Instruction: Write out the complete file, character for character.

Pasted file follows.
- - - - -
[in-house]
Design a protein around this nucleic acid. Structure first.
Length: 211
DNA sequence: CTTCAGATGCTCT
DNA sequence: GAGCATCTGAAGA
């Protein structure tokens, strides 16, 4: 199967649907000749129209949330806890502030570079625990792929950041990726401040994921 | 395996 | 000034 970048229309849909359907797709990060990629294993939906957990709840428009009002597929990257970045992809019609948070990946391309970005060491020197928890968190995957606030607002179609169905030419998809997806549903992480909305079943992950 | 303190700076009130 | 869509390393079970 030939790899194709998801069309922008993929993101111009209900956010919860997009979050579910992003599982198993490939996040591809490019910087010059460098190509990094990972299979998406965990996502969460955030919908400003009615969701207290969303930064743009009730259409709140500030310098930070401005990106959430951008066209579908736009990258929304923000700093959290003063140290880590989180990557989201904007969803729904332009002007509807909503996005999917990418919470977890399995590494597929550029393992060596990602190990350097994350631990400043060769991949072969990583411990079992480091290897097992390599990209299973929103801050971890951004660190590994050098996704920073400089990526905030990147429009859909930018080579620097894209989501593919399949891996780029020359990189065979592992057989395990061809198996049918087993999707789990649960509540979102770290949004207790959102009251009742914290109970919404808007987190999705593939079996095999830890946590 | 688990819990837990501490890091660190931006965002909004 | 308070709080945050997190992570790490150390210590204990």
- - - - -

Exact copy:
[in-house]
Design a protein around this nucleic acid. Structure first.
Length: 211
DNA sequence: CTTCAGATGCTCT
DNA sequence: GAGCATCTGAAGA
């Protein structure tokens, strides 16, 4: 199967649907000749129209949330806890502030570079625990792929950041990726401040994921 | 395996 | 000034 970048229309849909359907797709990060990629294993939906957990709840428009009002597929990257970045992809019609948070990946391309970005060491020197928890968190995957606030607002179609169905030419998809997806549903992480909305079943992950 | 303190700076009130 | 869509390393079970 030939790899194709998801069309922008993929993101111009209900956010919860997009979050579910992003599982198993490939996040591809490019910087010059460098190509990094990972299979998406965990996502969460955030919908400003009615969701207290969303930064743009009730259409709140500030310098930070401005990106959430951008066209579908736009990258929304923000700093959290003063140290880590989180990557989201904007969803729904332009002007509807909503996005999917990418919470977890399995590494597929550029393992060596990602190990350097994350631990400043060769991949072969990583411990079992480091290897097992390599990209299973929103801050971890951004660190590994050098996704920073400089990526905030990147429009859909930018080579620097894209989501593919399949891996780029020359990189065979592992057989395990061809198996049918087993999707789990649960509540979102770290949004207790959102009251009742914290109970919404808007987190999705593939079996095999830890946590 | 688990819990837990501490890091660190931006965002909004 | 308070709080945050997190992570790490150390210590204990």